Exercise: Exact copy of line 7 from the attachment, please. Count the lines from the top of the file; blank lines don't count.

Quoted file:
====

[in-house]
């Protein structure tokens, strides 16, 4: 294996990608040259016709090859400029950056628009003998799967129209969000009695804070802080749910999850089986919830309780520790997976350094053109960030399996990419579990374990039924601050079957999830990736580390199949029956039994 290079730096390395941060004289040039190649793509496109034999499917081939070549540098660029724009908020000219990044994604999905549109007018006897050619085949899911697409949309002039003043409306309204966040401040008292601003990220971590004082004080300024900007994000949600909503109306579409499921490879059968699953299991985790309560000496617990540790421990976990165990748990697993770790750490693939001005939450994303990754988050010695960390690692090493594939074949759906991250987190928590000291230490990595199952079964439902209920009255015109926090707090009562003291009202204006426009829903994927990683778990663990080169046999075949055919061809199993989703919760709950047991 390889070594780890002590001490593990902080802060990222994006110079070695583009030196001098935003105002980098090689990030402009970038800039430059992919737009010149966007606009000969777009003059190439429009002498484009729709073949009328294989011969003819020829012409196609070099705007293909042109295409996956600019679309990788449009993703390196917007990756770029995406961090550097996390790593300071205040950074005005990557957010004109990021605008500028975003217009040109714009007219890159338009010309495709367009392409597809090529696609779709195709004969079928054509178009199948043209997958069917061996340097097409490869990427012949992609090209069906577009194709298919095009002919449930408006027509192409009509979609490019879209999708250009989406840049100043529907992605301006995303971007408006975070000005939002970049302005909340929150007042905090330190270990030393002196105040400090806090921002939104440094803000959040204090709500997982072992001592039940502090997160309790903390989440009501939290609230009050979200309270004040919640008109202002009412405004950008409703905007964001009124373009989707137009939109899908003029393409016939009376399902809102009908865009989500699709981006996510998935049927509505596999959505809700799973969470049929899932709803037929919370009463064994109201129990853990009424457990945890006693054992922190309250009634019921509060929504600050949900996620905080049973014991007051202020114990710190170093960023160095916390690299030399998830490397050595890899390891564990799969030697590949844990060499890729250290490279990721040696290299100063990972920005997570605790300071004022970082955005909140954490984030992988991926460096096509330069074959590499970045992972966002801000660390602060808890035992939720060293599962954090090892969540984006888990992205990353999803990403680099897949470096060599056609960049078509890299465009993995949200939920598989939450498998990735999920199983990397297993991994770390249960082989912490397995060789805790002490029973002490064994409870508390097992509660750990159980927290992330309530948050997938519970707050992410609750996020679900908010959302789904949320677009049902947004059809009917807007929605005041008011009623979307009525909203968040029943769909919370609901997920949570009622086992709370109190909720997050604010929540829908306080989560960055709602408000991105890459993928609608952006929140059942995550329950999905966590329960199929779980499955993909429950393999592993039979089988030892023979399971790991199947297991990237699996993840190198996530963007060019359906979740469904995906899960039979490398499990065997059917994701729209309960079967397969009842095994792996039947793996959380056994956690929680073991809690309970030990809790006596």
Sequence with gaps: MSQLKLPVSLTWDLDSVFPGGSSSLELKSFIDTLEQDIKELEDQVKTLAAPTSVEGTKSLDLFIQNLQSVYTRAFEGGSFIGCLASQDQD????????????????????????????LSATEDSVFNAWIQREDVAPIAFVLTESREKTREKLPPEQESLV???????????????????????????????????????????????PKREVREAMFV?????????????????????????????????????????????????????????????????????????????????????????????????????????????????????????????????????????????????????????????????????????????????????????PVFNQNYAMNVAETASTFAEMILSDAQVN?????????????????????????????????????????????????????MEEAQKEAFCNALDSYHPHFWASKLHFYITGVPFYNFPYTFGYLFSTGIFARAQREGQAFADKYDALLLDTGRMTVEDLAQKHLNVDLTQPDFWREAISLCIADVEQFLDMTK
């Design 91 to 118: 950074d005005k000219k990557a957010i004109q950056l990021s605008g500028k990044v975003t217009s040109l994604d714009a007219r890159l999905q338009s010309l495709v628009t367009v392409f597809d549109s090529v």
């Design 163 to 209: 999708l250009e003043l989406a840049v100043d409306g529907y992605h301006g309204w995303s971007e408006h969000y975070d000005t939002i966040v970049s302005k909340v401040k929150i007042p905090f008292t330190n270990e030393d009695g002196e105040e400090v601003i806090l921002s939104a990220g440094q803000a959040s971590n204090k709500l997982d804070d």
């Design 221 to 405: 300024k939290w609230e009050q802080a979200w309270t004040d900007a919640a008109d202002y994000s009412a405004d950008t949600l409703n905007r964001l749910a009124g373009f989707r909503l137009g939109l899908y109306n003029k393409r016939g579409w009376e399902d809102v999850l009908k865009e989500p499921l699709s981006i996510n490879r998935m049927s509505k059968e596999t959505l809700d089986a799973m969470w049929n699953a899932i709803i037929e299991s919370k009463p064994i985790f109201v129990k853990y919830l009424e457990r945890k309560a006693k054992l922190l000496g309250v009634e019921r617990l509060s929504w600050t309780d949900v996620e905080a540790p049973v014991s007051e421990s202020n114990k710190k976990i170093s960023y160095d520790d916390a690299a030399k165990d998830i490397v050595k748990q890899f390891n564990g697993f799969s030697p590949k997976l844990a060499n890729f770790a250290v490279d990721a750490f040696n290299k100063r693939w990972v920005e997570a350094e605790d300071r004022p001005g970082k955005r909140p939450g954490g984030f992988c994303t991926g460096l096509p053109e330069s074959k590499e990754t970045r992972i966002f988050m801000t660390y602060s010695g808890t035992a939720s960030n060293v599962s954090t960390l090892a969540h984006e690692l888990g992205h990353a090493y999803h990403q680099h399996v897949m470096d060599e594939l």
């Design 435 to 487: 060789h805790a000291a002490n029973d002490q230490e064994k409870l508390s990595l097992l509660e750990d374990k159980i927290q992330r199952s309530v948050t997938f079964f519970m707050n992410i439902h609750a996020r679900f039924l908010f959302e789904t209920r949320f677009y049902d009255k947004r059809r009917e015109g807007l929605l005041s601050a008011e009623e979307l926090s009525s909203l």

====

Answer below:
């Design 435 to 487: 060789h805790a000291a002490n029973d002490q230490e064994k409870l508390s990595l097992l509660e750990d374990k159980i927290q992330r199952s309530v948050t997938f079964f519970m707050n992410i439902h609750a996020r679900f039924l908010f959302e789904t209920r949320f677009y049902d009255k947004r059809r009917e015109g807007l929605l005041s601050a008011e009623e979307l926090s009525s909203l």